Weekly Roundup, December 3-7, 2018

John Kamensky

Visions of Government Reform in 2040: Networked Government

In the IBM Center’s new book, Government For The Future: Reflection and Vision for Tomorrow’ Leaders,  part two of the book looks twenty years ahead offering perspectives on the future. This contribution is the next in a multi-part series, Networked Government: Managing Data, Knowledge, and Services, by Lori Gordon.

From Patchwork to Network: Serving the Whole Veteran

Over 4.7 million Americans served in the military during that war, with about 2.8 million serving overseas. Today, the U.S. has been at war for 17 years in the wake of attacks on 9/11, with 3.5 million Americans having served in post-9/11 conflicts.

Government Reform over the Past 20 Years - Part 5, Becoming Collaborative

In the IBM Center’s new book, Government For The Future:  Reflection and Vision for Tomorrow’ Leaders, we have identified six major trends that have driven government management reforms.  This is the fourth in a six-part series where we highlight each trend; part two summarizes the evolution of performance management in U.S.

You’re the New Governor! Now What?

A new IBM Center report, Off to a Running State Capital Start: A Transition Guide for New Governors and Their Teams, is hot off the press to provide some guide posts.  Written by veteran state government journalists Katherine Barrett and Richard Greene, it is a succinct summary of years of their experience.

A Tale of Two Cities: How Different Performance Management Systems Use Citizen Feedback (Part 2)

How the City of Hangzhou Assesses Agency Performance and Gathers Citizen Feedback

While the oversight of New York City’s performance system is run out of the Mayor’s office, in Hangzhou, an independent commission assesses agency performance and gathers extensive citizen feedback.  This is a leading-edge approach in China.  Most other Chinese cities operate more like New York City, with their performance management system and oversight being managed by a bureau within the city’s government, with more of a focus on compliance and less on problem-solving.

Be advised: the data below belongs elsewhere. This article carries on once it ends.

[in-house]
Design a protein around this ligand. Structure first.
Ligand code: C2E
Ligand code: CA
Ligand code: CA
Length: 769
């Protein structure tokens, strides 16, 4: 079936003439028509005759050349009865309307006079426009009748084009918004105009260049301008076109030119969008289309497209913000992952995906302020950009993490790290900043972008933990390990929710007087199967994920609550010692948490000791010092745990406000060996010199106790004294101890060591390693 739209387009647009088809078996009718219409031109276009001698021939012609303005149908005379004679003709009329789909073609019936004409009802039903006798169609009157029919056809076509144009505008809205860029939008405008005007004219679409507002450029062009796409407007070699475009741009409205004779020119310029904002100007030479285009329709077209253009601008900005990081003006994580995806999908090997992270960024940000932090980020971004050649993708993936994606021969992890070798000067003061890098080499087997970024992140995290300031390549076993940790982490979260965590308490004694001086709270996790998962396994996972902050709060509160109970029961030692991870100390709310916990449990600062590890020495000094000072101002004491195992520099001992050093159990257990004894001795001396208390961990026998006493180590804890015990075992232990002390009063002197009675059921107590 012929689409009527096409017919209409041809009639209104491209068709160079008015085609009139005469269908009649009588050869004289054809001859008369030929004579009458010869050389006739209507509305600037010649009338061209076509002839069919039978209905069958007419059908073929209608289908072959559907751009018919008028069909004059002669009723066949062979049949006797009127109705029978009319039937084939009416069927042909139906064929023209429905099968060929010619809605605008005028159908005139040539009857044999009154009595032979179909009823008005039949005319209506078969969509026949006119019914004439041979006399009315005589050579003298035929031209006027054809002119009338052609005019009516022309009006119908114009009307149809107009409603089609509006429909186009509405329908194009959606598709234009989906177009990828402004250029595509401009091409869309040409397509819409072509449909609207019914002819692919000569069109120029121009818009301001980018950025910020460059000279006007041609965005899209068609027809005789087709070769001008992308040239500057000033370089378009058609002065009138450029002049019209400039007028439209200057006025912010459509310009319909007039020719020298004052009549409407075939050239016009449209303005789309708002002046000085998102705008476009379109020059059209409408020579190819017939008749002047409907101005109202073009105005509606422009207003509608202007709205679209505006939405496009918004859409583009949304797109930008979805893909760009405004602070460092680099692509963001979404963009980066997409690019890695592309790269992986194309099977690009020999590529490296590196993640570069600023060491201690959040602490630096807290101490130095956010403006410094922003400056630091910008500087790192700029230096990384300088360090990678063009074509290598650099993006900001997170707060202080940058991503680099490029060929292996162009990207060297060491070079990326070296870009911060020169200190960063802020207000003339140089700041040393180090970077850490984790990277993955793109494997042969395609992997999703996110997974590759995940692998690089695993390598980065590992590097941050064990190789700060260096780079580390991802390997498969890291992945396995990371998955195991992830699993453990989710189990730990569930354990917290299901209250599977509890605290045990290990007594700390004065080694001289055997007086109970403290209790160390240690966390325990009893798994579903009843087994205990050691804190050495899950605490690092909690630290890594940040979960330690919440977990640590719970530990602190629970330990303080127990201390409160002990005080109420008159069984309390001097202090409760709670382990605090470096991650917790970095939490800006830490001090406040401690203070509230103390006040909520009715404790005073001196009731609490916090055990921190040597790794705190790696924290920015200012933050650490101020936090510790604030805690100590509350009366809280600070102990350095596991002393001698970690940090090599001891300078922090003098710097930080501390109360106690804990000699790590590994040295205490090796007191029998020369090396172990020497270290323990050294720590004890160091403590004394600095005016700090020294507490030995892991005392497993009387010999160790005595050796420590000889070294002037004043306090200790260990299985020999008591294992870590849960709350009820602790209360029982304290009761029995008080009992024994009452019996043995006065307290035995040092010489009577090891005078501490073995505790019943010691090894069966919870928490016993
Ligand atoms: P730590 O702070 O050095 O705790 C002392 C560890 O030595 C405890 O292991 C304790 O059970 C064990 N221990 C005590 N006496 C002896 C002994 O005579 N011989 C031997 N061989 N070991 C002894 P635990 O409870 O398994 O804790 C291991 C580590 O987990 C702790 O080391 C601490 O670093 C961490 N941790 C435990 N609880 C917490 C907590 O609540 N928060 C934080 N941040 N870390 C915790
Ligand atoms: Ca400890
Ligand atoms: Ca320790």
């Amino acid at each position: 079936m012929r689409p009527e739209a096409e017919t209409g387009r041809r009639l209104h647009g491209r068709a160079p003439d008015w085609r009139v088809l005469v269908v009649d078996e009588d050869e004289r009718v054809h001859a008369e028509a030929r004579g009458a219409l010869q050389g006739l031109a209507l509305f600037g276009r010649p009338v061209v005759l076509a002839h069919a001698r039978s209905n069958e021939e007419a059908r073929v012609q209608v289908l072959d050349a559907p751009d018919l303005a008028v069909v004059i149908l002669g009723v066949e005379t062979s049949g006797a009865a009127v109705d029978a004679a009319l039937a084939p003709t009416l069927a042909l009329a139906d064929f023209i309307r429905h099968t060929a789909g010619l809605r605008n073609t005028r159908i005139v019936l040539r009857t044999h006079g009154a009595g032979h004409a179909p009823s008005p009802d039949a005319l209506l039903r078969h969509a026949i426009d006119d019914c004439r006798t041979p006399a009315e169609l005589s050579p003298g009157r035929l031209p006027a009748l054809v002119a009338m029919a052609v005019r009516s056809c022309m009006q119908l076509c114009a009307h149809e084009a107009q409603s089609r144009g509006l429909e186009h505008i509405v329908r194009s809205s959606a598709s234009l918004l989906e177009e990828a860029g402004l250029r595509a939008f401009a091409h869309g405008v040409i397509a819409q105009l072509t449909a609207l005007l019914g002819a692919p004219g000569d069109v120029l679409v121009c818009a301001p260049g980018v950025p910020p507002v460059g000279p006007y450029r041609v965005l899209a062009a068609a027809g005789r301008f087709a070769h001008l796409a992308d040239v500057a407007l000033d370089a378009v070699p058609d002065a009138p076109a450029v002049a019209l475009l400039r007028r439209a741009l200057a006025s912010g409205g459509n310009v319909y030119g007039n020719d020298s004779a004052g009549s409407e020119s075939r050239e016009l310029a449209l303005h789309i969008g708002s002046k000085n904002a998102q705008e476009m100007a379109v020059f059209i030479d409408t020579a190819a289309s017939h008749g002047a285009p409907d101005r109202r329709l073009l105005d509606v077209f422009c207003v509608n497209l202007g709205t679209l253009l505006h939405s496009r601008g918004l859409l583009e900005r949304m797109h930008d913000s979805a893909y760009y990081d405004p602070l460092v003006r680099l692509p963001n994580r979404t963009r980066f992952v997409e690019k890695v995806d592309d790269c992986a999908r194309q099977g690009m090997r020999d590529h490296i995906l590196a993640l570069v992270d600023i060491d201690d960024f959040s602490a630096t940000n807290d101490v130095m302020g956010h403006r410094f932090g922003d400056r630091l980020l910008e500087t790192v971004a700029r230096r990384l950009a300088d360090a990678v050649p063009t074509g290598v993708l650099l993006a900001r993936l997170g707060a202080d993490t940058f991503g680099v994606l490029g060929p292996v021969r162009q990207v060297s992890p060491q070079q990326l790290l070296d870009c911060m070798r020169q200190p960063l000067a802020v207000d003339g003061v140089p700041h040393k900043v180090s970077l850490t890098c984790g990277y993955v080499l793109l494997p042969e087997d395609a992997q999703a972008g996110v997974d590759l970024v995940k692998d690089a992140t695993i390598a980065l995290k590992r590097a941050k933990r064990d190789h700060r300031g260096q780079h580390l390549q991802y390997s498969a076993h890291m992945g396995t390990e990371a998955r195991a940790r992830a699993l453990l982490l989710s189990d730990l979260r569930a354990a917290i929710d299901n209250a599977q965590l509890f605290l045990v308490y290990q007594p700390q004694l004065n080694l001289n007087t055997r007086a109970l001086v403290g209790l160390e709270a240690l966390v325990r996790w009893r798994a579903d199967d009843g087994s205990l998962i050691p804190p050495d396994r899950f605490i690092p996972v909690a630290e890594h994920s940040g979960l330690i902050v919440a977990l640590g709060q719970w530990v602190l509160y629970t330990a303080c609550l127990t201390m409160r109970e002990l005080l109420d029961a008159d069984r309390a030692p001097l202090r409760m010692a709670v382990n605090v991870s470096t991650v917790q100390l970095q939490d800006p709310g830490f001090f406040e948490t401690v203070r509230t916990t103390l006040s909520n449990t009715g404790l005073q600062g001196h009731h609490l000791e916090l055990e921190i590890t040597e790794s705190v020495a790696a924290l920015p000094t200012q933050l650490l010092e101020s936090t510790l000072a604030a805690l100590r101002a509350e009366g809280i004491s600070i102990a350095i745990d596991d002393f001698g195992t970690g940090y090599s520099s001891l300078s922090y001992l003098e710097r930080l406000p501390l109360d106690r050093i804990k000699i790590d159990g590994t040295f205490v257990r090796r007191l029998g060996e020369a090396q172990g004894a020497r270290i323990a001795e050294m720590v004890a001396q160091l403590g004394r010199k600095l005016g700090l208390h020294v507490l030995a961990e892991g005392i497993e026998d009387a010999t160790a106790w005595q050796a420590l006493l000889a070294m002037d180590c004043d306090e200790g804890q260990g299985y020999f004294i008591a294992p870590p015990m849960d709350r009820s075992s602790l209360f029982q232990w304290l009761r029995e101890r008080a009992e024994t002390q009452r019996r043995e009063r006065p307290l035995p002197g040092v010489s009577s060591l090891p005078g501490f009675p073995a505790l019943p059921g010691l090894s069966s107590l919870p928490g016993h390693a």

A Tale of Two Cities: How Different Performance Management Systems Use Citizen Feedback (Part 1)

There’s been a decades-long movement in the U.S. to increase citizens’ involvement in government, and for government services to be more citizen-centric. As a result, we expect to see such initiatives in cities across the U.S., but what about in China? Interestingly, there is a real commitment in some cities in China to listen, and respond, to their citizens.

Weekly Roundup, October 22-26, 2018

John Kamensky

Government Reform over the Past 20 Years - Part 2, Managing Performance

In the IBM Center’s new book, Government For The Future:  Reflection and Vision for Tomorrow’ Leaders, we have identified six major trends that have driven government management reforms.  This is the second in a six-part series where we highlight each trend; part two summarizes the evolution of performance management in U.S.

Weekly Roundup, October 15-19, 2018

John Kamensky

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Senior Fellow
IBM Center for The Business of Government
600 14th Street, NW Second Floor
Washington, DC 20005
United States
202-551-9341

Mr. Kamensky is a Senior Fellow with the IBM Center for The Business of Government and an Associate Partner with IBM's Global Business Services.

During 24 years of public service, he had a significant role in helping pioneer the federal government's performance and results orientation. Mr. Kamensky is passionate about helping transform government to be more results-oriented, performance-based, customer-driven, and collaborative in nature.

Prior to joining the IBM Center, he served for eight years as deputy director of Vice President Gore's National Partnership for Reinventing Government. Before that, he worked at the Government Accountability Office where he played a key role in the development and passage of the Government Performance and Results Act.

Since joining the IBM Center, he has co-edited six books and writes and speaks extensively on performance management and government reform.  Current areas of emphasis include transparency, collaboration, and citizen engagement.  He also blogs about management challenges in government.

Mr. Kamensky is a fellow of the National Academy of Public Administration and received a Masters in Public Affairs from the Lyndon B. Johnson School of Public Affairs, in Austin, Texas. He can be reached at: john.kamensky@us.ibm.com